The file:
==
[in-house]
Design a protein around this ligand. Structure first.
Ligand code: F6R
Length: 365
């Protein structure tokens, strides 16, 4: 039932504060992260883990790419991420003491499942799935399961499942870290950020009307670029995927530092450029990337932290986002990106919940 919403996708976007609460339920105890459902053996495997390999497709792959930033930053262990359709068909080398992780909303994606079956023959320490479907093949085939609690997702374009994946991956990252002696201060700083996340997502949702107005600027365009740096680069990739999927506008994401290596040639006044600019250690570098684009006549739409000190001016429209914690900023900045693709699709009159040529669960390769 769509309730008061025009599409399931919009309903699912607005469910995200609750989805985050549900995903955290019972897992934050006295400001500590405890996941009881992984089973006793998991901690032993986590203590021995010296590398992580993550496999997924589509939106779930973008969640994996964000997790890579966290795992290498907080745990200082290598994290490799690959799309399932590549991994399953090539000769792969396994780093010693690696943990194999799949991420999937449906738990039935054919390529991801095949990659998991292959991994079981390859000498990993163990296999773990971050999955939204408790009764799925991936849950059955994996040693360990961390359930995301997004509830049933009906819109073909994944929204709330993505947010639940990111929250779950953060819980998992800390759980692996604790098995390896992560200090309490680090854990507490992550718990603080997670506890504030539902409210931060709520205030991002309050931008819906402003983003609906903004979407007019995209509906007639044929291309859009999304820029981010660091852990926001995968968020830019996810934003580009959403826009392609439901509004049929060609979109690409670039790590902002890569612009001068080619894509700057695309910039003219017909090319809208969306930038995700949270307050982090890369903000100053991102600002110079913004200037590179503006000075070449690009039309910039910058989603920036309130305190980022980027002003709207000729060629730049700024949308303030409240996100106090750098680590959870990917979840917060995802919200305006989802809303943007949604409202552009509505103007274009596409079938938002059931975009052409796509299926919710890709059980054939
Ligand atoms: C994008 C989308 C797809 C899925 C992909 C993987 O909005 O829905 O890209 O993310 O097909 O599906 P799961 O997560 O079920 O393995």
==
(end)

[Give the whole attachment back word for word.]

[in-house]
Design a protein around this ligand. Structure first.
Ligand code: F6R
Length: 365
């Protein structure tokens, strides 16, 4: 039932504060992260883990790419991420003491499942799935399961499942870290950020009307670029995927530092450029990337932290986002990106919940 919403996708976007609460339920105890459902053996495997390999497709792959930033930053262990359709068909080398992780909303994606079956023959320490479907093949085939609690997702374009994946991956990252002696201060700083996340997502949702107005600027365009740096680069990739999927506008994401290596040639006044600019250690570098684009006549739409000190001016429209914690900023900045693709699709009159040529669960390769 769509309730008061025009599409399931919009309903699912607005469910995200609750989805985050549900995903955290019972897992934050006295400001500590405890996941009881992984089973006793998991901690032993986590203590021995010296590398992580993550496999997924589509939106779930973008969640994996964000997790890579966290795992290498907080745990200082290598994290490799690959799309399932590549991994399953090539000769792969396994780093010693690696943990194999799949991420999937449906738990039935054919390529991801095949990659998991292959991994079981390859000498990993163990296999773990971050999955939204408790009764799925991936849950059955994996040693360990961390359930995301997004509830049933009906819109073909994944929204709330993505947010639940990111929250779950953060819980998992800390759980692996604790098995390896992560200090309490680090854990507490992550718990603080997670506890504030539902409210931060709520205030991002309050931008819906402003983003609906903004979407007019995209509906007639044929291309859009999304820029981010660091852990926001995968968020830019996810934003580009959403826009392609439901509004049929060609979109690409670039790590902002890569612009001068080619894509700057695309910039003219017909090319809208969306930038995700949270307050982090890369903000100053991102600002110079913004200037590179503006000075070449690009039309910039910058989603920036309130305190980022980027002003709207000729060629730049700024949308303030409240996100106090750098680590959870990917979840917060995802919200305006989802809303943007949604409202552009509505103007274009596409079938938002059931975009052409796509299926919710890709059980054939
Ligand atoms: C994008 C989308 C797809 C899925 C992909 C993987 O909005 O829905 O890209 O993310 O097909 O599906 P799961 O997560 O079920 O393995």